This paper critically re-evaluates some of the fundamental empirical claims about monetary behavior in the United Kingdom made by Milton Friedman and Anna J. Schwartz in their 1982 book Monetary Trends in the United States and the United Kingdom. We focus on six aspects of their analysis: the exogeneity of money; their claims of the constancy and correct specification of their money-demand equation; their interpretation of a dummy variable in that equation as capturing a "shift in liquidity preference" for 1921-55; their treatment of the interdependence of money,
income, prices, and interest rates; and their use of phase-average data. They fail to support many of their empirical assertions with valid econometric evidence: in particular, they leave untested many conditions necessary to sustain their inferences. However, those conditions either are in part directly testable from their data or have testable implications: we test many of those hypotheses and reject virtually all of them. We reject basic claims made for their empirical model of money demand, e.g., those of parameter constancy, price homogeneity, and normality of the disturbances. En route, we show that their model of velocity as a constant performs poorly relative to the "will-o'-the-wisp" model of velocity as a random walk. As constructive evidence against their models, we develop a money-demand model superior to either model of velocity, and which has an unexplained residual variance less than one tenth that of their money-demand equation. This paper, however, is not an "anti-monetarist" critique; rather, it is a pro-econometrics tract which highlights the practical dangers of seeking to analyze complex stochastic processes while eschewing modern econometric methods.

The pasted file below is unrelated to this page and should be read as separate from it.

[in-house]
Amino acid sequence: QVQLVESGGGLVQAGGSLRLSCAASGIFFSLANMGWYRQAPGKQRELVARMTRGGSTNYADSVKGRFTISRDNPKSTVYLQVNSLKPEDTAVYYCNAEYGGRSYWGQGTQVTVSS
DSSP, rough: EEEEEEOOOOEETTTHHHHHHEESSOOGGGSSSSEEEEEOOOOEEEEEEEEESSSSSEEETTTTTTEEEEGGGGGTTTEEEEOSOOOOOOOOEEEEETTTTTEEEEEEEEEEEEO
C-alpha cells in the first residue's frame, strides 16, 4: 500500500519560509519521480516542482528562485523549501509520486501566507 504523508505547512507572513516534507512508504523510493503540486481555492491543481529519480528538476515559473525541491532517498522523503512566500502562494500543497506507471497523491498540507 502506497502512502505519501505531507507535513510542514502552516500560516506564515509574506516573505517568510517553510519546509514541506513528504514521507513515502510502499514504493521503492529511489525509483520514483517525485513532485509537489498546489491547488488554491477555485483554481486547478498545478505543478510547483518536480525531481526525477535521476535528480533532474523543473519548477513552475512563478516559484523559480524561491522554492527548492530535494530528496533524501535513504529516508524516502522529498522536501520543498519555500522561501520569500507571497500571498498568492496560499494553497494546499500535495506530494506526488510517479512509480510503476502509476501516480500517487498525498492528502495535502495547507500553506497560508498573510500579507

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Last update: December 10, 2008